“Our new investment in the South West Interconnected System represents an extraordinary investment in the future of our electricity system, including a massive reduction of Synergy’s carbon emissions,” Johnston said.
“Western Australia will implement a sensible, managed transition to a greater use of renewables for electricity generation, while ensuring we maintain electricity reliability as a priority,” McGowan said.
A report just published by the Australian Energy Market Operator (AEMO), found that electricity supply should be able to meet expected demand in Western Australia until at least 2025, although it expects a shortfall of around 21MW by 2025-2026 as Muja’s retirement picks up pace.
This could grow to about 303MW by the beginning of the 2030s if no new capacity additions were committed to AEMO said, although it noted in a statement today that these figures were calculated and published ahead of the WA government investment announcement.
In April, Energy-Storage.news reported that the state government was funding a feasibility study for a battery energy storage system (BESS) project in Collie with capacity of between 600MWh and 800MWh.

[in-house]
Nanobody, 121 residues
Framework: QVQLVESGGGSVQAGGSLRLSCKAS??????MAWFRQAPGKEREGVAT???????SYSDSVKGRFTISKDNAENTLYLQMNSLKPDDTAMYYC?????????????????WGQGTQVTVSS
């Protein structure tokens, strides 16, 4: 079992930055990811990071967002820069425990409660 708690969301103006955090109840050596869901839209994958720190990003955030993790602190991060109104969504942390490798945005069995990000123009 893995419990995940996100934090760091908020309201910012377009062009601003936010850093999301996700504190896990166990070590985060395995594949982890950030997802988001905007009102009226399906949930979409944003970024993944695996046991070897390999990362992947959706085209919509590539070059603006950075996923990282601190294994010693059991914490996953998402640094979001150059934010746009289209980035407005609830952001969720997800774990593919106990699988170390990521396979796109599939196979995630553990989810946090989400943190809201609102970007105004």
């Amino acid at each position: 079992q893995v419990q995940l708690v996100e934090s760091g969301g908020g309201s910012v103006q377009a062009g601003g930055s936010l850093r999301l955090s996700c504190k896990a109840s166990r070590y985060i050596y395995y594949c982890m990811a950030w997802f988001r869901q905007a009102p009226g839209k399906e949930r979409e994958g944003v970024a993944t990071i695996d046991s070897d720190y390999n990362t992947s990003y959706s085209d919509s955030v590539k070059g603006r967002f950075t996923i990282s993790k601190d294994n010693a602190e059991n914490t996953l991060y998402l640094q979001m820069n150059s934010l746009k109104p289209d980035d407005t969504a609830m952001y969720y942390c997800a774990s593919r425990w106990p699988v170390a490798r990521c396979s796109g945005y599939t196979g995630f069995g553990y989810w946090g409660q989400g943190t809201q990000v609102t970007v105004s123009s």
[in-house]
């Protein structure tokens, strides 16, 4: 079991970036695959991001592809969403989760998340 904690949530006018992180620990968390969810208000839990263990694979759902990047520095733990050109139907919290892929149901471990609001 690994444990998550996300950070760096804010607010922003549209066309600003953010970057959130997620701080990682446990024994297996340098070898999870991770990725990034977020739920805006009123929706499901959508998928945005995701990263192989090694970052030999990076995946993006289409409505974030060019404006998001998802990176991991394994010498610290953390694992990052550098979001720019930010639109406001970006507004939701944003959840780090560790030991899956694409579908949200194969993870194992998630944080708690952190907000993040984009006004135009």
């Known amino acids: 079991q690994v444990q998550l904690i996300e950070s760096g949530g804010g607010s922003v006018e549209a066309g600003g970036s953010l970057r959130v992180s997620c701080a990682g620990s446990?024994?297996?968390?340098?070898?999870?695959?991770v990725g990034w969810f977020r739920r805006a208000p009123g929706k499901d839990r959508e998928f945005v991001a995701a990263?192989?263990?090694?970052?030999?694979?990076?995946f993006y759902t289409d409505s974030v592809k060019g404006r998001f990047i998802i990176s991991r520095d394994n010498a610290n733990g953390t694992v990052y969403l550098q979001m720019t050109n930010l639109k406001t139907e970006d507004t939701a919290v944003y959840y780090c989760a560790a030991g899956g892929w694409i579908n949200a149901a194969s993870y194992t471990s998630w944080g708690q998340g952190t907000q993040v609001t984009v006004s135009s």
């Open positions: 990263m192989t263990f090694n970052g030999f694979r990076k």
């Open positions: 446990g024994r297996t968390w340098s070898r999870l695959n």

At the time, Minister for Regional Development Alannah MacTiernan said the project would “provide a firm basis to progress a renewable energy hub in Collie”.
This followed the award by Synergy and the WA government of a 100MW/200MWh BESS project at the site of Kwinana, a decommissioned co-generation thermal power station in the state, in October 2021. Italy-headquartered NHOA, a subsidiary of Taiwan Cement Corporation, was awarded the contract.
The latest news comes as Australia’s energy markets continue to be in a crisis, with spot market trading suspended this week in the National Electricity Market (NEM) which covers most of the country. This is thought to be largely caused by supply shortfall in two states, Queensland and New South Wales, triggering volatility across the NEM.
Meanwhile, the economic competitiveness of coal continues to be eroded by changes in the NEM which favour fast-responding and inverter-based technologies such as wind, solar and battery storage, leading to coal plant operators seeking clarity from the Federal government on timelines for closures.
This has come amid a wave of cautious optimism that the new Labor government led by Prime Minister Anthony Albanese, elected on a platform that included promises of strong action on climate, will tackle fossil fuels.
Eraring in New South Wales (NSW) is the country’s biggest coal plant. It is set to be replaced with a combination of large-scale battery storage and distributed renewables. Its owner, Origin Energy, wants to retire the plant by 2025 and the NSW government was prompted to make its own pledge of A$1.2 billion investment into infrastructure to support huge Renewable Energy Zones (REZ) in the state.
The first recipient of that NSW government funding will be Waratah Super Battery, a 700MW/1,400MWh which will act as a “shock absorber” for the transmission network.